First and foremost, please be assured that I would like to see everyone, including carers, who is paid from public funds receiving 45p per mile. I do recognise that driving expenses have gone up a lot, which is why I want to see these rates increased as and when the national finances allow.
Furthermore, it is important to note that the Government sets the Approved Mileage Allowance Payments (AMAPs) rates to minimise administrative burdens. AMAP rates aim to reflect running costs including fuel, servicing and depreciation. Depreciation is estimated to constitute the most significant proportion of the AMAP rate.
Employees can claim up to 45p per mile for the first 10,000 miles and the 25p per mile for subsequent miles. The mileage thresholds reflect that the AMAP rates are designed to cover both a proportion of fixed costs, such as insurance and VED, as well as ongoing costs such as fuel.
Employers are not required to use the AMAP rates. Instead, they can agree to reimburse a different amount that better reflects their employees’ circumstances. Where payments exceed the relevant AMAP rate, there will be an Income Tax and National Insurance charge on the difference. It is therefore ultimately up to employers, including individual public sector organisations, to determine the rate at which they reimburse their employees.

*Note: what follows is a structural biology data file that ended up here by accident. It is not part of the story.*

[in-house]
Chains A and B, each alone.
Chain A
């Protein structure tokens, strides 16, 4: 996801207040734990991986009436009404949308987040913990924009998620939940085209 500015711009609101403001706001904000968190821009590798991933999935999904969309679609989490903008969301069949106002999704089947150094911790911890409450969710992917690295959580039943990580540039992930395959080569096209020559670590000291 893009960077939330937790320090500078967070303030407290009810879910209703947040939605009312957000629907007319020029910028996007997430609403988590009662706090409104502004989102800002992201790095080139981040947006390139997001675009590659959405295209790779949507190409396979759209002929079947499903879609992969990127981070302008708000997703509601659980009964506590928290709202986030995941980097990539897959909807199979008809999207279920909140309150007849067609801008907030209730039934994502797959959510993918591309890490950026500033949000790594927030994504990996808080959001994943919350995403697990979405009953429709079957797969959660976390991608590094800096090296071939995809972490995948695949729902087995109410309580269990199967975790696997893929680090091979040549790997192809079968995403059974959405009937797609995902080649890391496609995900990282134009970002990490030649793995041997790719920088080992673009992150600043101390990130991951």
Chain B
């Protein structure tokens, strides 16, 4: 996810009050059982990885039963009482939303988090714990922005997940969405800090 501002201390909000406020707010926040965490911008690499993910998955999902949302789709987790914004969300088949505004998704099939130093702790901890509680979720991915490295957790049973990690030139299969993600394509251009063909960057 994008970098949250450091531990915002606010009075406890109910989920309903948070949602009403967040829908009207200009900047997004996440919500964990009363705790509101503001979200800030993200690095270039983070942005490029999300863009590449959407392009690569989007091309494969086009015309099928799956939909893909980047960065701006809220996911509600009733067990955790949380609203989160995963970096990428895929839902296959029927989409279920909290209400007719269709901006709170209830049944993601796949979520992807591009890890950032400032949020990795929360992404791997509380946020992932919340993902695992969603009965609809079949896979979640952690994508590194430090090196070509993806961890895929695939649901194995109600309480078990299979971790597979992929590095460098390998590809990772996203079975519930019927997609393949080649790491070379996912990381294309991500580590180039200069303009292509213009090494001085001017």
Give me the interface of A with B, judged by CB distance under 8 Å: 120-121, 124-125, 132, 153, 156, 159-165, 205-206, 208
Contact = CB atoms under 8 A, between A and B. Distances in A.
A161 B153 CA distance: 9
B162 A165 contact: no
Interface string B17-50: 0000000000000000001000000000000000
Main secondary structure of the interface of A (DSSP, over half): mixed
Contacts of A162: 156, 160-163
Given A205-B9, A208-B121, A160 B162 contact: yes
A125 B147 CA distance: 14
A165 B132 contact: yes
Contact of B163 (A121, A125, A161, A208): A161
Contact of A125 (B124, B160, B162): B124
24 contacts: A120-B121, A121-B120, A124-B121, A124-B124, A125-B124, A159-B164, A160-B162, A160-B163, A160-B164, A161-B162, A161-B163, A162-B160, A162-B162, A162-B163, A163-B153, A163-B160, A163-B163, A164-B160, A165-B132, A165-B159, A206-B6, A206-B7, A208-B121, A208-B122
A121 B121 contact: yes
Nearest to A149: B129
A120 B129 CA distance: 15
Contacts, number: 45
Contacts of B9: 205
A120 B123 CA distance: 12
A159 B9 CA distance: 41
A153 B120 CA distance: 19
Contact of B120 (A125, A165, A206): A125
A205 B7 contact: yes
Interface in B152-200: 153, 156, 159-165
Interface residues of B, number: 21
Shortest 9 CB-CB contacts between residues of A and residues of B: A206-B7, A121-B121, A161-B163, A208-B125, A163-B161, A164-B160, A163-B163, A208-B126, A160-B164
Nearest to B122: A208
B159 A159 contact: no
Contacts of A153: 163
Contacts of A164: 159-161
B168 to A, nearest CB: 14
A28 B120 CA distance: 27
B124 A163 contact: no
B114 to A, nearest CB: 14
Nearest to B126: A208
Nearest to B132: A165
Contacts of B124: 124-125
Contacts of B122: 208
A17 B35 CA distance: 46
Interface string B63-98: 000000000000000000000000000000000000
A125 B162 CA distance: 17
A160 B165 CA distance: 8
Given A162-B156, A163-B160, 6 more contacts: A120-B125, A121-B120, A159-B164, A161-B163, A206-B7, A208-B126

All elements of taxation, including mileage rates, are kept under constant review. Changes to mileage rates would be considered as part of the normal process leading up to future budgets.
I welcome that voluntary organisations are allowed to make payments under the AMAP scheme to their volunteer drivers.
More widely, I welcome the Chancellor's decision to maintain fuel duty at current levels until March 2024, spending £5 billion on a tax cut worth £100 per driver this year. This will be achieved by keeping the 5p cut in fuel duty that was introduced last year, as well as cancelling the scheduled 11p increase in fuel duty.
For these reasons, I feel it will not be necessary to sign EDM 464.